As with the other technologies discussed in this chapter, ocean current technology is still at an early stage of development and realistic costs are difficult to establish. Some early European studies have suggested that electricity could be generated for between €0.05/kWh and €0.15/kWh. Meanwhile, a Canadian study published in 2002 concluded that Canadian technology could produce electricity for between 11 Canadian cents/kWh (for an 800MW development) and 25 Canadian cents/kWh (for a 43 MW installation). Generation costs within these ranges would make the technology competitive with diesel generation.
1 Ocean Thermal Energy Conversion (OTEC), L.A. Vega, 1999.
2 Renewable Energy Sources: 2000-2020. Opportunities and Constraints. World Energy Council, 1993.
3 The Ocean as a Power Resource, J.D. Isaacs and R.J. Seymour, International Journal of Environmental Studies 4, 201-203, 1973, EU ATLAS project.
4 EU ATLAS project.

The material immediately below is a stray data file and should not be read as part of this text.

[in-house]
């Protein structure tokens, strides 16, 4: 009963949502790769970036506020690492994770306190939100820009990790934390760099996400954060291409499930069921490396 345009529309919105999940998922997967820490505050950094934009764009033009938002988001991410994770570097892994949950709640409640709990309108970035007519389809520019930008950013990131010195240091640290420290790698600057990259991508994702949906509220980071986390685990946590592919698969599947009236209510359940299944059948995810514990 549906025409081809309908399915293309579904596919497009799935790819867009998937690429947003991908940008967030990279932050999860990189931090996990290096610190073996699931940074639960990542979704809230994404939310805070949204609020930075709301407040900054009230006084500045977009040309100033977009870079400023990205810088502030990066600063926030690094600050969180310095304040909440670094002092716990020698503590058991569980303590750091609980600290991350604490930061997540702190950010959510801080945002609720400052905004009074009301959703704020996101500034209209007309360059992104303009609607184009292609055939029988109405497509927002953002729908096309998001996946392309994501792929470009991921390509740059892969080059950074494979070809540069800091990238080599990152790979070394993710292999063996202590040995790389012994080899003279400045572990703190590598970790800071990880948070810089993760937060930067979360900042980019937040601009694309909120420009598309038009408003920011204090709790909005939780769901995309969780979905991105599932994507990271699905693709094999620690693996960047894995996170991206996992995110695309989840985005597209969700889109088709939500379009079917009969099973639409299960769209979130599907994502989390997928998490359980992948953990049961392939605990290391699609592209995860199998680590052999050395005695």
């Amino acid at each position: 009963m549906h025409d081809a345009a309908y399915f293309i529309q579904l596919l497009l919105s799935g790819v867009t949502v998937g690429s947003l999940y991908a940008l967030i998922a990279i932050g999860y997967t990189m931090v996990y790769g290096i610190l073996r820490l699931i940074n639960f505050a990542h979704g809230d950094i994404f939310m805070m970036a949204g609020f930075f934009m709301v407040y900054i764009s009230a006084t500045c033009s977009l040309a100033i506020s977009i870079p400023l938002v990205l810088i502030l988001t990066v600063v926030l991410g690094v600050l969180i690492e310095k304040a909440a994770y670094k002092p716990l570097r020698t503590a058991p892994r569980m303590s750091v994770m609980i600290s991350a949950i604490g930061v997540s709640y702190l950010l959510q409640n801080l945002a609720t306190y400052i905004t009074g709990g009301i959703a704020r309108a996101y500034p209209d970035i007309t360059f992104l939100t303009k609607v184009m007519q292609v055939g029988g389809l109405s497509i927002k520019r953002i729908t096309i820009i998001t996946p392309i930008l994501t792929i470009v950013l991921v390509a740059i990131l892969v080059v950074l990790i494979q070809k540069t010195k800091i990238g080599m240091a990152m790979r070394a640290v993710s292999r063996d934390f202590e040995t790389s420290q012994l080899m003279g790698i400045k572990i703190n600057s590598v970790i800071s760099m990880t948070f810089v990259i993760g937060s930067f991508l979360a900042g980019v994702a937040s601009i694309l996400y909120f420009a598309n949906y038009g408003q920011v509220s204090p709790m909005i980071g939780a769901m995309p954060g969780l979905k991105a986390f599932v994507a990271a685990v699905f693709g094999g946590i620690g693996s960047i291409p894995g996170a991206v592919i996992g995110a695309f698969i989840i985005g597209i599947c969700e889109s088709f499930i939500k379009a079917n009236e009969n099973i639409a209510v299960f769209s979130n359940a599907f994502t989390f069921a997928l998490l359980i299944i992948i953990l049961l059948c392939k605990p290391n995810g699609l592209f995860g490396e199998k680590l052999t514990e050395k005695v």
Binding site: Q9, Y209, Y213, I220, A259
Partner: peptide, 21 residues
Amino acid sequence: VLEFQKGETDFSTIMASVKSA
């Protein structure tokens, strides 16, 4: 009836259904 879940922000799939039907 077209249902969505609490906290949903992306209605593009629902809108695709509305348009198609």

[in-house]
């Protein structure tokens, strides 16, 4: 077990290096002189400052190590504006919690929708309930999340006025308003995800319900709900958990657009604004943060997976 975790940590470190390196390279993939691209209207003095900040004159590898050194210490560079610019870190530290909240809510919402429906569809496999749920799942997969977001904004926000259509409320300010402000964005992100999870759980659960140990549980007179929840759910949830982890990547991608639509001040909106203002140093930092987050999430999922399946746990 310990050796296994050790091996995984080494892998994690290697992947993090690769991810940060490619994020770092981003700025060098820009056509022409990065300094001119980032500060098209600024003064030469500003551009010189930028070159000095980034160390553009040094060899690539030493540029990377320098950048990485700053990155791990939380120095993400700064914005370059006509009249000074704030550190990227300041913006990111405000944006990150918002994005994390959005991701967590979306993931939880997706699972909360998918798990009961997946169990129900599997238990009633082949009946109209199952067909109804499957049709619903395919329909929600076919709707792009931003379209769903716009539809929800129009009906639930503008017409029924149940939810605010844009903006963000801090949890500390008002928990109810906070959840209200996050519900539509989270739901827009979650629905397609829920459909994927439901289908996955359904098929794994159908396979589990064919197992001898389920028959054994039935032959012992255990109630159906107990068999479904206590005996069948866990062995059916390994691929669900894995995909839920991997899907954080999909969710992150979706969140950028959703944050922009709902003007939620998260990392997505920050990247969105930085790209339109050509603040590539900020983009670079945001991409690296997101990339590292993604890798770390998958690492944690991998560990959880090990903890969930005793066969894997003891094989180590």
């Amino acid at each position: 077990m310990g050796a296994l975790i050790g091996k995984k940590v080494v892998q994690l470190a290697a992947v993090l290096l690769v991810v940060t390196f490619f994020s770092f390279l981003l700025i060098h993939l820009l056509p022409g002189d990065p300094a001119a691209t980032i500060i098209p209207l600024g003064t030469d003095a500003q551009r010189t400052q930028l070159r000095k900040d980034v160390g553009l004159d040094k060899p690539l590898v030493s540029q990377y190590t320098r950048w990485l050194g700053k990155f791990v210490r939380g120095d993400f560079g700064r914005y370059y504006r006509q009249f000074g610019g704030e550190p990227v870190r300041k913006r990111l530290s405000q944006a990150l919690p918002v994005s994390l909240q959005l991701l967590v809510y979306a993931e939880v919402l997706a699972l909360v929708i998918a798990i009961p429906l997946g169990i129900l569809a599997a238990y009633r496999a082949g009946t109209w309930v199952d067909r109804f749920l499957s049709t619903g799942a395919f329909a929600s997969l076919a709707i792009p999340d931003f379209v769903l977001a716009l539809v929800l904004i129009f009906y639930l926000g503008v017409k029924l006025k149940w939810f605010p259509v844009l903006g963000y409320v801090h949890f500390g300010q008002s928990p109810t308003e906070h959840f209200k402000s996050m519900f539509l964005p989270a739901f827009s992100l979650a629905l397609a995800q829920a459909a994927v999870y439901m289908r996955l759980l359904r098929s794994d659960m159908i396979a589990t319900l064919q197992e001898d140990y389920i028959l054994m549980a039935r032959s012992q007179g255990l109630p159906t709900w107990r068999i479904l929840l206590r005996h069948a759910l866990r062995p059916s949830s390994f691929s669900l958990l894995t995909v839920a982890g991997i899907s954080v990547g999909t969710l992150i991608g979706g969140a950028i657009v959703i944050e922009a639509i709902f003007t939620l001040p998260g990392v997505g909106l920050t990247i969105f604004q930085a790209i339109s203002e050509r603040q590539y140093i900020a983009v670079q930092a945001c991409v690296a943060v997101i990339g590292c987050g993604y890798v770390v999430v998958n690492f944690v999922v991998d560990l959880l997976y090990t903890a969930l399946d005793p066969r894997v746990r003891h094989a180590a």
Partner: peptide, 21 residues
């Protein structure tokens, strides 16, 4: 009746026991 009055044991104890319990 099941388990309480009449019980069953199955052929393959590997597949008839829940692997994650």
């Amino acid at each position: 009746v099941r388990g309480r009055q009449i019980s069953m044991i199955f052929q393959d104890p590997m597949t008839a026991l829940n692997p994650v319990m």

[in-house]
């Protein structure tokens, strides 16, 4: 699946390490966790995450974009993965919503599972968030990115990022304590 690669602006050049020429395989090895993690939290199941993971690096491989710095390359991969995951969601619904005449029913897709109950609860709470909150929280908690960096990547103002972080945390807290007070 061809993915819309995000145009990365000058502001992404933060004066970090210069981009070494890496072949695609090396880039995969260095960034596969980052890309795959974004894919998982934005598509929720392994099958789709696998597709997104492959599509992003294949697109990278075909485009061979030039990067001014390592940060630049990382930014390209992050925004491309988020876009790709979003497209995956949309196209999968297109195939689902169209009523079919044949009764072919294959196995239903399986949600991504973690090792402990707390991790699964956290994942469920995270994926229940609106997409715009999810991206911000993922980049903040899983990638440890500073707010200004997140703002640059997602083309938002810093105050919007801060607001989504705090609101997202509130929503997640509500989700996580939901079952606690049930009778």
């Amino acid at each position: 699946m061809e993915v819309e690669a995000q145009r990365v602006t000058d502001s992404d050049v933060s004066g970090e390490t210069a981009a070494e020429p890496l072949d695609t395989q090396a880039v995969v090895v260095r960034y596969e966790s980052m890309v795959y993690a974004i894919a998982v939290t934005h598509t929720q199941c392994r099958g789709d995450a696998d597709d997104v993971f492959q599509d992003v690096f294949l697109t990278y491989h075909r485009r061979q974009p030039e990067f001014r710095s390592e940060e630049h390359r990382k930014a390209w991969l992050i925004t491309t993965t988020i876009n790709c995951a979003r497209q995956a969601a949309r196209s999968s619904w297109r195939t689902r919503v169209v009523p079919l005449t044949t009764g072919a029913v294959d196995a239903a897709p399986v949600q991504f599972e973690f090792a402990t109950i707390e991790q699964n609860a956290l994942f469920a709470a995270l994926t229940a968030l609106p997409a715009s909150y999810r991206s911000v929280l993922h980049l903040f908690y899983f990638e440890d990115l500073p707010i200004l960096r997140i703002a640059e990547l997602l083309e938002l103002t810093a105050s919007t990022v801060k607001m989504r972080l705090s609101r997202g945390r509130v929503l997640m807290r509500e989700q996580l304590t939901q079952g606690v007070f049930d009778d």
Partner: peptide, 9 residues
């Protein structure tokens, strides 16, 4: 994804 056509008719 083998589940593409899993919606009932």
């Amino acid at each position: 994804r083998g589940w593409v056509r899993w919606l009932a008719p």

5 In thermodynamics these are usually referred to as a heat source and a heat sink.
6 Ocean Energy Conversion, M.T. Pontes and A. Falcao, Lisboa, Portugal.
7 Refer supra note 1.
8 World Energy Council, Survey of Energy Resources, 2001.
9 Refer supra note 8.
10 The company which has developed this turbine, IT Power, has suggested that up to 20% of the UK's power could be derived from tidal streams.
12 Green Energy Study for British Columbia, Phase 2: Mainland Tidal Current Energy (October 2002). This report was prepared by Triton Consultants Ltd for BC Hydro Engineering.
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